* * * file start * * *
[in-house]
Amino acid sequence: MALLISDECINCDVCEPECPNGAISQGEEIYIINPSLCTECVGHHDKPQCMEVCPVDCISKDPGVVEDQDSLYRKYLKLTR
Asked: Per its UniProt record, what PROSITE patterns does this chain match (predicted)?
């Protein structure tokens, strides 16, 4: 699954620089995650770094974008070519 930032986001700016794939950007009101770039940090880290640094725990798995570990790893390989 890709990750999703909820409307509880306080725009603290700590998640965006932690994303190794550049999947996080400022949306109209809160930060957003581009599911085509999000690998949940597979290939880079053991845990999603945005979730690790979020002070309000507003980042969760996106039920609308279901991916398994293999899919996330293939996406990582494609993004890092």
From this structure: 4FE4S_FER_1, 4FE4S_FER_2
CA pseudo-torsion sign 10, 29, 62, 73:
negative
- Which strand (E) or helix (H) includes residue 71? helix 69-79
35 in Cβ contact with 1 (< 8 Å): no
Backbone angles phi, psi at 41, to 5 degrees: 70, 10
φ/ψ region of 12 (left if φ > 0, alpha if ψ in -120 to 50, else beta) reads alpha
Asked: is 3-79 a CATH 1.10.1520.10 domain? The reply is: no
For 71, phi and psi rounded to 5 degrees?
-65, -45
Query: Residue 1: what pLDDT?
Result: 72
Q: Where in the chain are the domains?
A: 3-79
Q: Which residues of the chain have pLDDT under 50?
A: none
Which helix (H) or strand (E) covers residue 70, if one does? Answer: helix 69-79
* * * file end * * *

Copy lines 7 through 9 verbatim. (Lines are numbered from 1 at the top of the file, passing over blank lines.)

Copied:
negative
- Which strand (E) or helix (H) includes residue 71? helix 69-79
35 in Cβ contact with 1 (< 8 Å): no